Dung beetles belong to the scarab beetle family which also includes the rhinoceros beetle (buqarn kbir), the barbary bugs (busuf) and the emerald chafer (għawwar dehbi).
About 33 species of scarabs are found locally. One species is the dung roller, known in Maltese as the ħanfusa tad-demel. This species makes a ball out of dung and then rolls it in a straight line to a spot where it will bury it in the soil.
Watching a dung beetle travelling with a dung ball can be quite entertaining. The journey starts with the beetle head down on its two front legs and then walking backwards while rolling the ball with its hind legs.
The journey usually takes the form of an obstacle race that can include seemingly insurmountable vegetation, pools of rainwater and large stones. To make the journey even more hazardous, other dung beetles start appearing on the scene as if out of nowhere, all trying to take away the ball from the original owner.
This species is said to be scarce in the Maltese countryside but while photographing one recently, another five appeared, showing that at least in some parts of the countryside they can be relatively common.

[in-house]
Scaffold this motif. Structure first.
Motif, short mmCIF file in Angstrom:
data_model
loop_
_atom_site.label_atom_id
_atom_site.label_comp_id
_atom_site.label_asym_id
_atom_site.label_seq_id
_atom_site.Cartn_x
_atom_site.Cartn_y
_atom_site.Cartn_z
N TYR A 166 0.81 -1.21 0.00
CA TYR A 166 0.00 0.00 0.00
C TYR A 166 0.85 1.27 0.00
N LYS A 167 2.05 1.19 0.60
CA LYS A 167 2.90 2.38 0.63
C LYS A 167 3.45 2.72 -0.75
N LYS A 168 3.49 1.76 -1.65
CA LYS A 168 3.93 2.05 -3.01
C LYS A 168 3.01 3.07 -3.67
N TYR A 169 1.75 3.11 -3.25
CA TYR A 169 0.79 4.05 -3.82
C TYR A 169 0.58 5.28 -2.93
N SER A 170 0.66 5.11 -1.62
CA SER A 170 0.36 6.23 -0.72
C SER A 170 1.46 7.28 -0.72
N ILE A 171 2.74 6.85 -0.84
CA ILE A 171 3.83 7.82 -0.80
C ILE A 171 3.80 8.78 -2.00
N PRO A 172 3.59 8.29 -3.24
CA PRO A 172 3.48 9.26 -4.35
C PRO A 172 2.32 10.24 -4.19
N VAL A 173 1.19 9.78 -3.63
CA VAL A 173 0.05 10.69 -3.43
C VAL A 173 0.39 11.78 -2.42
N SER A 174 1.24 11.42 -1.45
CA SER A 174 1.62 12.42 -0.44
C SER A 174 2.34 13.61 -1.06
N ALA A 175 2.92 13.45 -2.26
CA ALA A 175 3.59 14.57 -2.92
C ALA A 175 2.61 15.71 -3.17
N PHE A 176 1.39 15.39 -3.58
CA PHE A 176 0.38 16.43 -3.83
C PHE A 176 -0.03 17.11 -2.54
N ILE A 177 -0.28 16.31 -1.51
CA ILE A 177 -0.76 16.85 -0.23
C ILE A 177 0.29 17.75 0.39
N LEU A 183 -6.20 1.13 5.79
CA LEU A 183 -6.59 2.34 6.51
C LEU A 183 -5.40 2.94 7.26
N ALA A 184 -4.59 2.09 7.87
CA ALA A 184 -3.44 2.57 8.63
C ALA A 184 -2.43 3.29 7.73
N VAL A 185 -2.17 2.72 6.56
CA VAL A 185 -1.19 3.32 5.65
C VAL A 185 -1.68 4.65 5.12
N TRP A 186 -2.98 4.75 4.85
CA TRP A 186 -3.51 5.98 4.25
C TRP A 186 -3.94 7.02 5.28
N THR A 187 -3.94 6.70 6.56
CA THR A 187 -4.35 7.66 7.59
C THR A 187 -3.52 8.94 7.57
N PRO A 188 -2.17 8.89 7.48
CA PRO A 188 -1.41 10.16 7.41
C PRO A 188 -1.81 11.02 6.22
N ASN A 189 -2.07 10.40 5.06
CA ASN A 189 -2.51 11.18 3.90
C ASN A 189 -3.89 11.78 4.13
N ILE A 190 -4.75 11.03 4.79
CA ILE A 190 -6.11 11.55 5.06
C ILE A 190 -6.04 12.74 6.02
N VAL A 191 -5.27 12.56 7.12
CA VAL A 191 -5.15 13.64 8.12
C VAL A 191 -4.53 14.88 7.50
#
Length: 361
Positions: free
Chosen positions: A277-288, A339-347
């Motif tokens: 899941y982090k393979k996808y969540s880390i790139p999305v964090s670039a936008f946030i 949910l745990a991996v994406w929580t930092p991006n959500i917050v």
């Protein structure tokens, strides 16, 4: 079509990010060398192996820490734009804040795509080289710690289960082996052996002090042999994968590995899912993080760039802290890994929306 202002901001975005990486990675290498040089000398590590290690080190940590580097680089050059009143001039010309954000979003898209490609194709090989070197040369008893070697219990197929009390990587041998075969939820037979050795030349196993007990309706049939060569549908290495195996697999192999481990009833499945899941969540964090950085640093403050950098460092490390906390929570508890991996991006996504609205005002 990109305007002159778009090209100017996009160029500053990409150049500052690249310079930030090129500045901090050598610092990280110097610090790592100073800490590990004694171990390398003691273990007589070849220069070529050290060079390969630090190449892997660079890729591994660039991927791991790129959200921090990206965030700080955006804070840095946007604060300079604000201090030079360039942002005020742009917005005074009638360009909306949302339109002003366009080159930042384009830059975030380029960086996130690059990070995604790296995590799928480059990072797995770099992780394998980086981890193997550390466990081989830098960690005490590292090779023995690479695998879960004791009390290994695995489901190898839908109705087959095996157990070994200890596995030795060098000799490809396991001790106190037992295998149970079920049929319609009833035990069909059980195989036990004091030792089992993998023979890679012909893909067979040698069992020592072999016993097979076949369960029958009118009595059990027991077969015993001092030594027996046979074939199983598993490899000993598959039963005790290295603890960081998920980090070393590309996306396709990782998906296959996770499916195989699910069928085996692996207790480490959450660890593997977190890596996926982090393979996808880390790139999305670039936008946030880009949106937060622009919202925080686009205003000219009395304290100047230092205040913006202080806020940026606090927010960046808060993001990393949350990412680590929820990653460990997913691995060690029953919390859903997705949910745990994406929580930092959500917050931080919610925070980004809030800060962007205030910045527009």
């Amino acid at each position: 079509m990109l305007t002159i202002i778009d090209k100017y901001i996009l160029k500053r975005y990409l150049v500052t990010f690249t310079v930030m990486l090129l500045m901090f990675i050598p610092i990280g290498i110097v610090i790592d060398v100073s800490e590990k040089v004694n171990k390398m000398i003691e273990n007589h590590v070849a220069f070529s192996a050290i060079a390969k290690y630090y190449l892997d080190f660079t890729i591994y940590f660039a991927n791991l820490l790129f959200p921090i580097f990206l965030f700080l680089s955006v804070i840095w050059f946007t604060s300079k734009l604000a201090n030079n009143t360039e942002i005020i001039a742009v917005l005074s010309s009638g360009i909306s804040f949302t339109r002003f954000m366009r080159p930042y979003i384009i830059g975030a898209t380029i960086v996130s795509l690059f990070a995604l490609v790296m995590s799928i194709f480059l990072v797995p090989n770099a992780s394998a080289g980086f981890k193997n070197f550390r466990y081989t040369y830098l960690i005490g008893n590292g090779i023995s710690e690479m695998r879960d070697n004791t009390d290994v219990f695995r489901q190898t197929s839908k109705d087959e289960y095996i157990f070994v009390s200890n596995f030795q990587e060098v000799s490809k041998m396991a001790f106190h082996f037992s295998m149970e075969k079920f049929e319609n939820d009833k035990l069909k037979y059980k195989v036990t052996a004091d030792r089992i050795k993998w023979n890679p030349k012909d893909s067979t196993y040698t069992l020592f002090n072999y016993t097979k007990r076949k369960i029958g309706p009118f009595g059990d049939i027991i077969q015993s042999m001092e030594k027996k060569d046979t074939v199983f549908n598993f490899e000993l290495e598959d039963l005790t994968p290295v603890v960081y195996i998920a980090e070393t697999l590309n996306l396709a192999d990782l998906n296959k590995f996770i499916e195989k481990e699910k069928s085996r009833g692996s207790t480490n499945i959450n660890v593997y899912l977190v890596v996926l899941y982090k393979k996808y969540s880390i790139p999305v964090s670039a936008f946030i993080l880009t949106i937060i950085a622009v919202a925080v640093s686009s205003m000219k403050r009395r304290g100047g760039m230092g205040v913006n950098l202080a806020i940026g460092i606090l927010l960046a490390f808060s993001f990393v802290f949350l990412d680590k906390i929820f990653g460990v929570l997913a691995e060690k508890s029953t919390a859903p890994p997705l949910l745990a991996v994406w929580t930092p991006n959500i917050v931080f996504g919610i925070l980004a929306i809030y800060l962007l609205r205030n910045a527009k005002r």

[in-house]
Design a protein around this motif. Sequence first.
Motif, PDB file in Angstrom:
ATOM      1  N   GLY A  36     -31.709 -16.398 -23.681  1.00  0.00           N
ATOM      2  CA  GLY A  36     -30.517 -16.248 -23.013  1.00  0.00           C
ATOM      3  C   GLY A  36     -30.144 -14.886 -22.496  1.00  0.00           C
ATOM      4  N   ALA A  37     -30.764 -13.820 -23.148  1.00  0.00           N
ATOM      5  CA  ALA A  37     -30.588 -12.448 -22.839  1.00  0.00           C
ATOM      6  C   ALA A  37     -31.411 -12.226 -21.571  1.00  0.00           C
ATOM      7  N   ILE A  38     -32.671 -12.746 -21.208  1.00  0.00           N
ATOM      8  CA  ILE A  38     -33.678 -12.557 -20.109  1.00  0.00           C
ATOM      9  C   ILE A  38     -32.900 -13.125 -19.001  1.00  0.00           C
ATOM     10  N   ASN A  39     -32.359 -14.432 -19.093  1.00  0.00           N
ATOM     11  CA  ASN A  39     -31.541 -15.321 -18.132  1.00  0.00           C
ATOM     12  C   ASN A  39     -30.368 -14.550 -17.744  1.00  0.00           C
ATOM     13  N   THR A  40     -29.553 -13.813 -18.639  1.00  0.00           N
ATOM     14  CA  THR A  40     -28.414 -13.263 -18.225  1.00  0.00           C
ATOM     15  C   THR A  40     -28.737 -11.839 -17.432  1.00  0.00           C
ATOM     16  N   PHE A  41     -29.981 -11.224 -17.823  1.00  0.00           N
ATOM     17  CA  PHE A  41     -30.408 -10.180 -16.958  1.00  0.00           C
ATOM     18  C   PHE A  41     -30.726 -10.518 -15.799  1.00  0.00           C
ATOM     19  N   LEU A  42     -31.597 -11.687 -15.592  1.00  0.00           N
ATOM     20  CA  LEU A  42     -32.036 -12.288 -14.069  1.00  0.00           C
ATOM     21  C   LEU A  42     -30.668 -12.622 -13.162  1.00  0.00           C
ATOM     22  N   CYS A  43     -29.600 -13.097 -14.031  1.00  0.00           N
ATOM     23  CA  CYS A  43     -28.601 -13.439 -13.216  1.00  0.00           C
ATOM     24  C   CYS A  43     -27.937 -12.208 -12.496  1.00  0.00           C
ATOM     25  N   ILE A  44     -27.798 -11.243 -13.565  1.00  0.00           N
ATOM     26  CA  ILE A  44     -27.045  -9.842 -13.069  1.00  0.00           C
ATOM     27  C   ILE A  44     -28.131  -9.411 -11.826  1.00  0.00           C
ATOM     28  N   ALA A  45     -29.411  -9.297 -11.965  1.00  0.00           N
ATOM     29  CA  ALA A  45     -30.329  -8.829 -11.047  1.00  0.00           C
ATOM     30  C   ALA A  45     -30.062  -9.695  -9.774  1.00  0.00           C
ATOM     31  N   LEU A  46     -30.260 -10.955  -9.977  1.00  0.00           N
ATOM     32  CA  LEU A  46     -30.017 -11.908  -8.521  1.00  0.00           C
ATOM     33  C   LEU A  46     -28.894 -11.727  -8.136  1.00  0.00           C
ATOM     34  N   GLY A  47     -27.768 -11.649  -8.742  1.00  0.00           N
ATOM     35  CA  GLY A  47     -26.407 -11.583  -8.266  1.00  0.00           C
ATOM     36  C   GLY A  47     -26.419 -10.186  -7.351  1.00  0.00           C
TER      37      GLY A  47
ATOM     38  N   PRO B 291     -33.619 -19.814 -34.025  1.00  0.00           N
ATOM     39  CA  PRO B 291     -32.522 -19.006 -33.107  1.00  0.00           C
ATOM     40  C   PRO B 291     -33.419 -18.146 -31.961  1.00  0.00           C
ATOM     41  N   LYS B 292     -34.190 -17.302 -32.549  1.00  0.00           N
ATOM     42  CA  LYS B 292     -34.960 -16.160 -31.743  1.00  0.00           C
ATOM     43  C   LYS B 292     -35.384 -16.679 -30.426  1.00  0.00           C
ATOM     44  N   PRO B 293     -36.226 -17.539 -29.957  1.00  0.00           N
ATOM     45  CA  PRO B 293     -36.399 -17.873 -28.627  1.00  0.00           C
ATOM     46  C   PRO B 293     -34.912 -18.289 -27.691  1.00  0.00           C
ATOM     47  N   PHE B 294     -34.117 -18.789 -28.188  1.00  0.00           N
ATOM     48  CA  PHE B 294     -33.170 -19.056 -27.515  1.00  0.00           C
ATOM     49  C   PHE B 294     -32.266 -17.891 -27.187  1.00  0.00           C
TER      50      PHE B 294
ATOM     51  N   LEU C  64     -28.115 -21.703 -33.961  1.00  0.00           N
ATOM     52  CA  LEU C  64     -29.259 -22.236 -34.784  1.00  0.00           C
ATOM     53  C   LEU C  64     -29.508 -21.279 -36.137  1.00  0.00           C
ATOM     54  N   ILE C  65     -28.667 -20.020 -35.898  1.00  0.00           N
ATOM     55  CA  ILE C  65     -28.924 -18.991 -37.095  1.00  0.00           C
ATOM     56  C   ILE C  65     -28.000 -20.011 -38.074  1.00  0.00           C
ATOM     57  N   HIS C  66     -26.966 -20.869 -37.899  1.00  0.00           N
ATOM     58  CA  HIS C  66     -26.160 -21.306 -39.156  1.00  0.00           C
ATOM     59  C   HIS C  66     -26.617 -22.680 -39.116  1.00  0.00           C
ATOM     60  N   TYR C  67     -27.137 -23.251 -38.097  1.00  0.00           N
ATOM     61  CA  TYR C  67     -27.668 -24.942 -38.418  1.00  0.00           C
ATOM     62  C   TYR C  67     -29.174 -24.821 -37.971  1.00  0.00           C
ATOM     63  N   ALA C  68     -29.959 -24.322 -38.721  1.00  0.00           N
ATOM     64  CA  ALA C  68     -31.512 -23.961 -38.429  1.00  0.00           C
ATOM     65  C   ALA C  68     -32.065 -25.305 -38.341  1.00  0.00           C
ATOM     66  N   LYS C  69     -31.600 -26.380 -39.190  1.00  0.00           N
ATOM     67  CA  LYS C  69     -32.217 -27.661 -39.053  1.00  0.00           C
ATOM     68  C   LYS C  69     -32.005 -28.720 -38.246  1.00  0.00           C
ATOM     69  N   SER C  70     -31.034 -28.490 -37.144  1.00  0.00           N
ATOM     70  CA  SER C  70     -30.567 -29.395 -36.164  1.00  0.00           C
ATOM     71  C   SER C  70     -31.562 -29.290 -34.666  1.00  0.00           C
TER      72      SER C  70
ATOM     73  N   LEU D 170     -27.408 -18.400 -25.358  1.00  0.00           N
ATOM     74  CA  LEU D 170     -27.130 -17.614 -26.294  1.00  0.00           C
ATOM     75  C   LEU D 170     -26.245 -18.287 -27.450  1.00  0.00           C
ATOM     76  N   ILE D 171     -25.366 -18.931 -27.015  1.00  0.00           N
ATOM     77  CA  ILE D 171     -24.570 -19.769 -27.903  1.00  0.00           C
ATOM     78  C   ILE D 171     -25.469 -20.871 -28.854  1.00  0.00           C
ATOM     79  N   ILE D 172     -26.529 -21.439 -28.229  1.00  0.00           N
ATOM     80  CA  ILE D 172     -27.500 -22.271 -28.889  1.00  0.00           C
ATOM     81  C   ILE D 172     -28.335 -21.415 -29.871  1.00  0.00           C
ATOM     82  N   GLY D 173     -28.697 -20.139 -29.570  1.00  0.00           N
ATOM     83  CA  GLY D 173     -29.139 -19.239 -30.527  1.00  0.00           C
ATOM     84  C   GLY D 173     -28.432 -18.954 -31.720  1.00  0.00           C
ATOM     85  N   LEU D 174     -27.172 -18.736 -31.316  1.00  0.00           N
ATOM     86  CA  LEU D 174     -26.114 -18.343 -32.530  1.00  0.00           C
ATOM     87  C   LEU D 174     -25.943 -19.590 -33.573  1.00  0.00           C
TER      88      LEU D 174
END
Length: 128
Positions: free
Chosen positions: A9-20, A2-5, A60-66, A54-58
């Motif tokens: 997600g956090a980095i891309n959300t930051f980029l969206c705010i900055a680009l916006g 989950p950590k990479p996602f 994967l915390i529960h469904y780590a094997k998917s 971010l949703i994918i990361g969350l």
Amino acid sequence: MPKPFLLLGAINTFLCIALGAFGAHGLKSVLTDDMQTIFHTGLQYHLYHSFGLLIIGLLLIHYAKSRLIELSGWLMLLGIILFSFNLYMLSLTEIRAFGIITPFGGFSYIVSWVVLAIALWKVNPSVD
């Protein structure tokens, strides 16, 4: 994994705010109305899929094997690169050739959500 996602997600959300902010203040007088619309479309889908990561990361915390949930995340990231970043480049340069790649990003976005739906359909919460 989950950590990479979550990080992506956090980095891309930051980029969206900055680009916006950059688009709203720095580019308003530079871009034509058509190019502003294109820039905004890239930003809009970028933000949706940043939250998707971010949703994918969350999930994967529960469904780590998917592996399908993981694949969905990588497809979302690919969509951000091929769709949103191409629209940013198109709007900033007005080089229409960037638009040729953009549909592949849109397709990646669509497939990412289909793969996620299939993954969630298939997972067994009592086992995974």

Dung beetles play an important role in the countryside. They help to recycle nutrients and make them available for plants. They also clear cattle-grazing areas of dung which would otherwise attract flies that can carry disease.
Several species of dung beetle from South Africa and Europe were introduced in Australia to improve cattle pastures.
Other species of dung beetle can be found in the Maltese countryside. The horned dung beetle, known in Maltese as ħanfusa barri tad-demel, is smaller and has a pair of long horns on its head.
This article was published in The Times on 20 March 2013.